President Obama signed a bipartisan bill on Wednesday that offers a financial incentive to states if schools stockpile epinephrine, considered the first-line treatment for people with severe allergies.
The medication is administered by injection, through preloaded EpiPens or similar devices.
"This is something that will save children's lives," Obama said, adding that his daughter Malia has a peanut allergy.
After the bill was signed, Bay News 9 contacted a number of Bay area school districts to see if any of them now supply EpiPens, with the recently passed Florida law.
District officials said Hillsborough, Pinellas, Pasco, Citrus, Polk and Hernando county schools still leave it up to students to bring in their own.
More than once, 12-year-old Amber Davison has had to use an EpiPen at school to stop a bad reaction to a severe peanut allergy.
"I take it out and stick it in my leg and I hold it for 10 seconds," said Davison.
Davison's allergist Dr. Sami Nallamshetty considers the little girl lucky. Diagnosed years ago, Davison always has her EpiPen with her.
"Just within moments, within minutes can go from breathing normally to swelling of the throat, swelling of your lips, covered head to toe in hives," said Dr. Nallamshetty. "Time truly is of the essence."
States like Florida that have already passed such a law will also benefit.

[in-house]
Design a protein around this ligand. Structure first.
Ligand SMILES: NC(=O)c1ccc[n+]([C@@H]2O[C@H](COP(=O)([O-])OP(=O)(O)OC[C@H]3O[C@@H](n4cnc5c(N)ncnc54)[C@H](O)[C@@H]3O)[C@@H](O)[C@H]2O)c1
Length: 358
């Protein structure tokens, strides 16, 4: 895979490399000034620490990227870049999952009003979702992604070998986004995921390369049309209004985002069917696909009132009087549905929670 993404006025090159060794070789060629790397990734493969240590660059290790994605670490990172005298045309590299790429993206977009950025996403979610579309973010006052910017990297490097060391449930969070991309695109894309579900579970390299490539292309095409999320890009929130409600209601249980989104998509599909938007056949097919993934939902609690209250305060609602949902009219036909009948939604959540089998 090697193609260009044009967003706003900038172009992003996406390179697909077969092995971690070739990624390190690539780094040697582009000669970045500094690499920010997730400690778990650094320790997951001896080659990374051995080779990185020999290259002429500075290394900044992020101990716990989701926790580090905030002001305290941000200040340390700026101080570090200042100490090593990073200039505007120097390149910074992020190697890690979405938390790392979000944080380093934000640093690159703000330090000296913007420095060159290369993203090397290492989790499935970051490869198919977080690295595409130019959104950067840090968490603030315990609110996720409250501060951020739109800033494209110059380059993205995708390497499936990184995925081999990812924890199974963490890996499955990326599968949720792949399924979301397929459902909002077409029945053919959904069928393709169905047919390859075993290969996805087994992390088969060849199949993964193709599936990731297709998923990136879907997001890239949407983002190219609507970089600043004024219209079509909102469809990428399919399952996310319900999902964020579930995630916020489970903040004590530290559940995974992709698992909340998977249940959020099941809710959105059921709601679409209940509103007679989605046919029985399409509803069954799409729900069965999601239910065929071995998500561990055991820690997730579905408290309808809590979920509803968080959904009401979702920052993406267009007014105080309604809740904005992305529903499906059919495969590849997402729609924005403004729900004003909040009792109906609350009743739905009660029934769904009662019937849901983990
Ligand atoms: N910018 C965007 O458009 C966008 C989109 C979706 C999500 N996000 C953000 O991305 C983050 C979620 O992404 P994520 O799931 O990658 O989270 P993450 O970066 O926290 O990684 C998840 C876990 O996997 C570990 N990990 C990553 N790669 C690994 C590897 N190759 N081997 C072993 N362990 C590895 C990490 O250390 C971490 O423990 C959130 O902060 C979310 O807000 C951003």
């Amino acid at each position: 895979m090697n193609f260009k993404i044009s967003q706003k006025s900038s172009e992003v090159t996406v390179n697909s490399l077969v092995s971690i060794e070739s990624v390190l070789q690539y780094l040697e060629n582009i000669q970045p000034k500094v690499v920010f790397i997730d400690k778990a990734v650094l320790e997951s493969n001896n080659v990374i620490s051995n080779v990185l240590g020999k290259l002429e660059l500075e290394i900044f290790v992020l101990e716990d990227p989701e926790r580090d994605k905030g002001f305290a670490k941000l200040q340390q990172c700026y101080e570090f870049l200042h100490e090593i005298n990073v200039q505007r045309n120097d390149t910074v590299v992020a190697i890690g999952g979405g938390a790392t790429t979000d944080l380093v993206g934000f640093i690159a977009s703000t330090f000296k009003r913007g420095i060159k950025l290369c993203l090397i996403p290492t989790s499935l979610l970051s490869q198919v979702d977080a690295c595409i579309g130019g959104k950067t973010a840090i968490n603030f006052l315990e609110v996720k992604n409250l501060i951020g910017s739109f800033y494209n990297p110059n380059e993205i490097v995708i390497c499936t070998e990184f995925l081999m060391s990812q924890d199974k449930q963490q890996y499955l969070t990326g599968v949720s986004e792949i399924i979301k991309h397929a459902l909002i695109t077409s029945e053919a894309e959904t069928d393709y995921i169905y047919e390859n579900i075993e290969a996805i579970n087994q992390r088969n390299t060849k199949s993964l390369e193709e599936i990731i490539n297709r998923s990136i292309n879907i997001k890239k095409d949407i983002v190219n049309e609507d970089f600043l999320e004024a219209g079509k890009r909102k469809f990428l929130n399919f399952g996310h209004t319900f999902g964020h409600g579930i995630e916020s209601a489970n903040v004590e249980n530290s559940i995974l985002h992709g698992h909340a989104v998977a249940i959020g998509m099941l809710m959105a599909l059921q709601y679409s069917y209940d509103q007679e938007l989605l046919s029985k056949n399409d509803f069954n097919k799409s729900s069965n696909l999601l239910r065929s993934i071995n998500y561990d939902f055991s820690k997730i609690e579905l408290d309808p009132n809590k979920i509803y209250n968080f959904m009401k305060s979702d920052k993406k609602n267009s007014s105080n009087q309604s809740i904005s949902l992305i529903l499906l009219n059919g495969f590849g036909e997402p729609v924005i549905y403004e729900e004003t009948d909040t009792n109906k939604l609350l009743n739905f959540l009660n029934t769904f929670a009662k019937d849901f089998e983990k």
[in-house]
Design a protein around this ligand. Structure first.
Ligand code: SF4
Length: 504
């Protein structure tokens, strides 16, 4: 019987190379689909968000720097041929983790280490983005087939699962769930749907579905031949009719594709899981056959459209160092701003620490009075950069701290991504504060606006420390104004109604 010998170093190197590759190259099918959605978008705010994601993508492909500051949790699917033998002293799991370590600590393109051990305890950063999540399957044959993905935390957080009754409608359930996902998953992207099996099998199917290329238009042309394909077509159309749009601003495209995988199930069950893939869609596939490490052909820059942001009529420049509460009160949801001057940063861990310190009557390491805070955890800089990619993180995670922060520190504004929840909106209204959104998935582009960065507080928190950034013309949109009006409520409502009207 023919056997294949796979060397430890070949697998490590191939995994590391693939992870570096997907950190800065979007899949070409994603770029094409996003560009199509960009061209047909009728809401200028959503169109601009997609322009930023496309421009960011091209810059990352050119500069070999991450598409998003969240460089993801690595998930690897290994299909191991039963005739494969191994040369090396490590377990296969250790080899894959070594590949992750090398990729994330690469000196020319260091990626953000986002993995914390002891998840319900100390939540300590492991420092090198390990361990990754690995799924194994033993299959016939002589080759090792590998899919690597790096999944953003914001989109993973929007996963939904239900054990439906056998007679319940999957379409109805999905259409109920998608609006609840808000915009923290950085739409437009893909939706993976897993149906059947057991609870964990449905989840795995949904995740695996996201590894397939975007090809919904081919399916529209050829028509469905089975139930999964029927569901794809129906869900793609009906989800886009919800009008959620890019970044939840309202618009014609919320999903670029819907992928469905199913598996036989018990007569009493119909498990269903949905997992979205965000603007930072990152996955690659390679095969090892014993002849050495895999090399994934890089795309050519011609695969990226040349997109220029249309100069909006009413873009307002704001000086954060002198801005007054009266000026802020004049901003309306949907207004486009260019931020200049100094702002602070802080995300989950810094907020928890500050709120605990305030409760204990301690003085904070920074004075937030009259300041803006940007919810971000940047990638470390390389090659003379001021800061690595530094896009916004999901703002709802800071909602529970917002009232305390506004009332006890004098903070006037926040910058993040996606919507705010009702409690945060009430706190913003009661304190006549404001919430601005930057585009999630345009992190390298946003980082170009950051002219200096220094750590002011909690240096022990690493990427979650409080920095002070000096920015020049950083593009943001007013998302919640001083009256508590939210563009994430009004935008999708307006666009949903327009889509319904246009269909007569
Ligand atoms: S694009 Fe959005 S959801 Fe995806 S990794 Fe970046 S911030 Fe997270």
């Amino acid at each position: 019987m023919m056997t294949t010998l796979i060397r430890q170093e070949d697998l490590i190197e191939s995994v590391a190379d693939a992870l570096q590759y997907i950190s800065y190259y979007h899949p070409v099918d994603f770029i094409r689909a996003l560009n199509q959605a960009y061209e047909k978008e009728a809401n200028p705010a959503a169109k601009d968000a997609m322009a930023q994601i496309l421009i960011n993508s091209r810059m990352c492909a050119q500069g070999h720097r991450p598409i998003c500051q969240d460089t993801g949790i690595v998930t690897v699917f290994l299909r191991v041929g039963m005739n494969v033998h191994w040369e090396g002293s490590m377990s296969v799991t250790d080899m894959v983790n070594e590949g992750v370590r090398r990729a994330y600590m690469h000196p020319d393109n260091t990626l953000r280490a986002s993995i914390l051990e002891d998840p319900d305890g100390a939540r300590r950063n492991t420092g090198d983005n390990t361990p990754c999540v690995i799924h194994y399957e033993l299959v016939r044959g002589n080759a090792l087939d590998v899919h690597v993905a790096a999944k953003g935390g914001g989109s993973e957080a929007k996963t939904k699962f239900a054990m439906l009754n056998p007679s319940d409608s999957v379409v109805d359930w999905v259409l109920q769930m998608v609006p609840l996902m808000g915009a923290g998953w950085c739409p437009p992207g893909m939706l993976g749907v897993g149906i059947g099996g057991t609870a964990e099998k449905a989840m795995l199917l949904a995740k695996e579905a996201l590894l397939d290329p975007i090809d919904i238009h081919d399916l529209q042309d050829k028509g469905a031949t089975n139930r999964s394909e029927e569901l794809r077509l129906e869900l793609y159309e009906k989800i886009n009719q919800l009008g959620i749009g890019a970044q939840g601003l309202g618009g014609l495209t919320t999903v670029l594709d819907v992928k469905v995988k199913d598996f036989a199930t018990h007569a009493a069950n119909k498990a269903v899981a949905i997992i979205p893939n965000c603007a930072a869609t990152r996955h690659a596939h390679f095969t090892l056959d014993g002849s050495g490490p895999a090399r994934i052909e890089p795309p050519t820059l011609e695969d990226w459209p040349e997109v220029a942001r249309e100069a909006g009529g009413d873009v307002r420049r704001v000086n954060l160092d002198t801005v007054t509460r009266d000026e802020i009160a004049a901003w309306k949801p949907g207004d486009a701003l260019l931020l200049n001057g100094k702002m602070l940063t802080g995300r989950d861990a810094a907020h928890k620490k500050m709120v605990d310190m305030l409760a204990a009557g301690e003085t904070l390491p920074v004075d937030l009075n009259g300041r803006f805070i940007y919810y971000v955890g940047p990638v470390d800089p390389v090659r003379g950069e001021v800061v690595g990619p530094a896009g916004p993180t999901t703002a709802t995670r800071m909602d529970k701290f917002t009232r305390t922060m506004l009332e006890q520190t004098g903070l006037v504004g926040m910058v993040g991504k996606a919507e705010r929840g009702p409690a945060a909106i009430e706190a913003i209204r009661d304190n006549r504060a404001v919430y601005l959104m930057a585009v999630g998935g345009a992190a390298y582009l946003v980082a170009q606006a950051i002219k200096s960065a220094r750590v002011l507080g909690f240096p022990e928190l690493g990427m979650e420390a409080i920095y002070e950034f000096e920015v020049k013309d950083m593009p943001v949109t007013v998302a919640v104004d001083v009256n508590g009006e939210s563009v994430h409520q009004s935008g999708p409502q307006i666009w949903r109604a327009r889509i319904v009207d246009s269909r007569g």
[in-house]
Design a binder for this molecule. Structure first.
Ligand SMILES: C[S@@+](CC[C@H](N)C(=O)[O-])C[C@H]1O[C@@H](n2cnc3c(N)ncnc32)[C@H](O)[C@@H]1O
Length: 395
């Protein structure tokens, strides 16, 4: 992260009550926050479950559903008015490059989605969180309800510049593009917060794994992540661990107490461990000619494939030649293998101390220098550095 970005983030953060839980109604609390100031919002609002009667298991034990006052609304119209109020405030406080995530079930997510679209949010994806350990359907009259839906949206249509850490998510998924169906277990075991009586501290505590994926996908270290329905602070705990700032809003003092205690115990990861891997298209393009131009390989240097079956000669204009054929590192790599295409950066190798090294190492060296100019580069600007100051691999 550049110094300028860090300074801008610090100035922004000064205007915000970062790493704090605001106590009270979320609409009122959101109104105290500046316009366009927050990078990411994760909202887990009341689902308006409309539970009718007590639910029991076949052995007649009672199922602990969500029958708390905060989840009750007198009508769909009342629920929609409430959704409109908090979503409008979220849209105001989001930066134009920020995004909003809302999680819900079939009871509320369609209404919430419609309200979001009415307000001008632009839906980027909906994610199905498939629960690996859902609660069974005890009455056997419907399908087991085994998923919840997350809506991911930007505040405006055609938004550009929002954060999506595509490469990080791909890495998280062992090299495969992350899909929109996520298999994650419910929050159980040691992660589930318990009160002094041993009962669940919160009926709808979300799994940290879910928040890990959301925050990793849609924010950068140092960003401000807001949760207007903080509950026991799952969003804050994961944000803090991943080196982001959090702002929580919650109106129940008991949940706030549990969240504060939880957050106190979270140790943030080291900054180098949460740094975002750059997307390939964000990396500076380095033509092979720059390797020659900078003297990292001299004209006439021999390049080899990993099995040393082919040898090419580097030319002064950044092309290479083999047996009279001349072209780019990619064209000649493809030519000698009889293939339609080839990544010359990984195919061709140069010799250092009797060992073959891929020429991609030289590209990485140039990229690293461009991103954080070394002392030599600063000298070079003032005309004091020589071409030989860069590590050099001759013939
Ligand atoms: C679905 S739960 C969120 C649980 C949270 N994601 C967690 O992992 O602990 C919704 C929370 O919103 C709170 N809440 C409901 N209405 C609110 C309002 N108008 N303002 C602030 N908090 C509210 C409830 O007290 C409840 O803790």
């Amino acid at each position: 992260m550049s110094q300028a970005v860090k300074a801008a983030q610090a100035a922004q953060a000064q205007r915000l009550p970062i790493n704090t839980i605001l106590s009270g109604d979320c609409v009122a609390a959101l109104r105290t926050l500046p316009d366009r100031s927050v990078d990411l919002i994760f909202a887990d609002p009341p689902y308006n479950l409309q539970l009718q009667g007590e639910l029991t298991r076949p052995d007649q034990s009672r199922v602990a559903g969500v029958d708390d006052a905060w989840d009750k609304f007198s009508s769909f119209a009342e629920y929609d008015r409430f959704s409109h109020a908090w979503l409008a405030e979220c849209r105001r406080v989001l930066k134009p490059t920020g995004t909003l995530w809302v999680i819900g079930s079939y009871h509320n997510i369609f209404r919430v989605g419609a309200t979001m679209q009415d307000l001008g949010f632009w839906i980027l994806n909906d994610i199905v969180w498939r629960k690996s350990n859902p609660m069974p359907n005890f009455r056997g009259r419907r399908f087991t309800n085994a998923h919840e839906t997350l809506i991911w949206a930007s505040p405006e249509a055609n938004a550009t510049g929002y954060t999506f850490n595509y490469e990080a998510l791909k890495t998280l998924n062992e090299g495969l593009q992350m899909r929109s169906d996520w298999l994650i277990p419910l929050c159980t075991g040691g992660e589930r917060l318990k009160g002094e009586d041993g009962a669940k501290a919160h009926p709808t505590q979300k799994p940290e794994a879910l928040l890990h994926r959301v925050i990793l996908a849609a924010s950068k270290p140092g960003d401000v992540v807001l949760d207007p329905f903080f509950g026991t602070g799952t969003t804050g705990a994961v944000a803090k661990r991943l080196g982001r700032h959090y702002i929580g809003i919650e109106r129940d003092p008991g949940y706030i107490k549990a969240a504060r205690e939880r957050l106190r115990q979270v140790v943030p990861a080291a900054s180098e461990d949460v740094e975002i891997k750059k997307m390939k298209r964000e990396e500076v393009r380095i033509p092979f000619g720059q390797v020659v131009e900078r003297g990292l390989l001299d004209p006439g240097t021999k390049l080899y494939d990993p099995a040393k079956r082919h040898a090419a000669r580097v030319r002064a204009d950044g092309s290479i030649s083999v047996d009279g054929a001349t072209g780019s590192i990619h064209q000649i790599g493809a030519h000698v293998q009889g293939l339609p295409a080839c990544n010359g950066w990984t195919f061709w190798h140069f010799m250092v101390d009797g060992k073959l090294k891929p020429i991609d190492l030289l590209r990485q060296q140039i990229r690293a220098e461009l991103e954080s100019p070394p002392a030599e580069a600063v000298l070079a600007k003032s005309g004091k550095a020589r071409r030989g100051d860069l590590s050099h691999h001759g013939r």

“Because we already signed it here in the state of Florida, we’re going to be one of the first states eligible for this incentive,” said Dr. Nallamshetty.
Grant money could help pay for the EpiPens and get them on campuses sooner.
The bill comes after the deaths of two girls in Illinois and Virginia from severe food allergies. The incidents have helped spur efforts to get schools to stockpile emergency medications that can save lives.
"Everything is moving in the direction which adheres to our mission, which is to keep kids safe and included in schools," said John Lehr, the chief executive officer of the Food Allergy Research and Education advocacy organization.
Epinephrine can be used for severe allergic reactions — called anaphylaxis — to food as well as insect bites, latex and medication. Policies vary by school, district and state about the handling of epinephrine and access to high allergy-risk foods. Some schools have lunch tables that are peanut-free, for example.
The epinephrine stockpiling is aimed primarily at children who have previously undiagnosed allergies or as a backup for those with known allergies.
A recent CDC survey found that about 1 in 20 U.S. children had food allergies — a 50 percent increase from the late 1990s.
The deaths of Katelyn Carlson, 13, in a Chicago school in 2010 and Ammaria Johnson, 7, in a Chesterfield County, Va., school in 2012 raised awareness of the dangers of food allergies. But even before then, a grass-roots group of parents had lobbied school districts, state leaders and Congress for help.